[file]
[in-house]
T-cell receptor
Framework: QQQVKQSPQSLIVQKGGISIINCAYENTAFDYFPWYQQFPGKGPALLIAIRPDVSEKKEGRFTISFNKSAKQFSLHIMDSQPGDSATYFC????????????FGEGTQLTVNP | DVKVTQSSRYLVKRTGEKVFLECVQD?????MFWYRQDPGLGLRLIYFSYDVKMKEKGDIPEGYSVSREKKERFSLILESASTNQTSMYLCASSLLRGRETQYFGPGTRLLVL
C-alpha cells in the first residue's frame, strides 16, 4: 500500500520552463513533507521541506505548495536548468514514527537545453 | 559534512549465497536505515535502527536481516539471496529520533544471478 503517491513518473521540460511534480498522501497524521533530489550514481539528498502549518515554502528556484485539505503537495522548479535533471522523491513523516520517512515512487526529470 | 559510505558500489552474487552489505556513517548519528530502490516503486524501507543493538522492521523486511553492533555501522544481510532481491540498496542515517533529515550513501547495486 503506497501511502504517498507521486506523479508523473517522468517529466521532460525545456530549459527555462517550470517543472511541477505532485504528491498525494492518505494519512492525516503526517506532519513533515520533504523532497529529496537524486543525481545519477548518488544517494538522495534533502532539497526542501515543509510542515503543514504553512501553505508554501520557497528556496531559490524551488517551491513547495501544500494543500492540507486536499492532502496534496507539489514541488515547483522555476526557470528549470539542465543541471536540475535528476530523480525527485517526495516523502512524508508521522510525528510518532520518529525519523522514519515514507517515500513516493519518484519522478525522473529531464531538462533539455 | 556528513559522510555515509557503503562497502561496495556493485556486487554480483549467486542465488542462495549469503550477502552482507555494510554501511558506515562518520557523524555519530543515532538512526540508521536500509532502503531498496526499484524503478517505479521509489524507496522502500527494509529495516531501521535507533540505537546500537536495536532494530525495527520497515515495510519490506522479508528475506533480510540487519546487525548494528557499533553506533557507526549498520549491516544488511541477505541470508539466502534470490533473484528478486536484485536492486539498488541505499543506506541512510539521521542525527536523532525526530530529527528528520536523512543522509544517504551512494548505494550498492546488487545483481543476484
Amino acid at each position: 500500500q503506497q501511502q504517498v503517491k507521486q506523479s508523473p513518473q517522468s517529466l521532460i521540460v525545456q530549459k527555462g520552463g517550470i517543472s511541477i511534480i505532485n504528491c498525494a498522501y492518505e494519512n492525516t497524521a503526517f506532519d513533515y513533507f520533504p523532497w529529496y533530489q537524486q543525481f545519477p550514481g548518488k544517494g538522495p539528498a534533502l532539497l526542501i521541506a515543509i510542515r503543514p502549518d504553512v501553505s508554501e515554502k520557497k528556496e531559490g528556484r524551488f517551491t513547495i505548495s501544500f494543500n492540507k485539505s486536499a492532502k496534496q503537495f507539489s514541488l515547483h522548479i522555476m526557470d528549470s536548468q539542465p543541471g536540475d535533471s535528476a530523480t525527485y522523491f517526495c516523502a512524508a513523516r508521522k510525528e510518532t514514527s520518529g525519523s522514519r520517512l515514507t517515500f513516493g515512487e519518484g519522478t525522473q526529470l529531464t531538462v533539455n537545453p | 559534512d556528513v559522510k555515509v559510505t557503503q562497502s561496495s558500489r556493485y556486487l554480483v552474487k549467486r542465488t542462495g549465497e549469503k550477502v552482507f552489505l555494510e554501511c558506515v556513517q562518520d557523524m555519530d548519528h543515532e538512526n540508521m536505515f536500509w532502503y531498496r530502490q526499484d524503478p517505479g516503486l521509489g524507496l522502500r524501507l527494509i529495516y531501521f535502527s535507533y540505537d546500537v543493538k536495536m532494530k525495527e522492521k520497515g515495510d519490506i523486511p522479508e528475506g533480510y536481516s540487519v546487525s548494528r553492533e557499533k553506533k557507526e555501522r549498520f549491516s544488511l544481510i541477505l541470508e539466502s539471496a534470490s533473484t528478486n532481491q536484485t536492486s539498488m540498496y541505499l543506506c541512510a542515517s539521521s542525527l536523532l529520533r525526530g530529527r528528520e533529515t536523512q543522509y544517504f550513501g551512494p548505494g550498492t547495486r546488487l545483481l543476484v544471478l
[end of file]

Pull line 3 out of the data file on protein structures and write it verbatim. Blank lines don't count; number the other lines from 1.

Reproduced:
Framework: QQQVKQSPQSLIVQKGGISIINCAYENTAFDYFPWYQQFPGKGPALLIAIRPDVSEKKEGRFTISFNKSAKQFSLHIMDSQPGDSATYFC????????????FGEGTQLTVNP | DVKVTQSSRYLVKRTGEKVFLECVQD?????MFWYRQDPGLGLRLIYFSYDVKMKEKGDIPEGYSVSREKKERFSLILESASTNQTSMYLCASSLLRGRETQYFGPGTRLLVL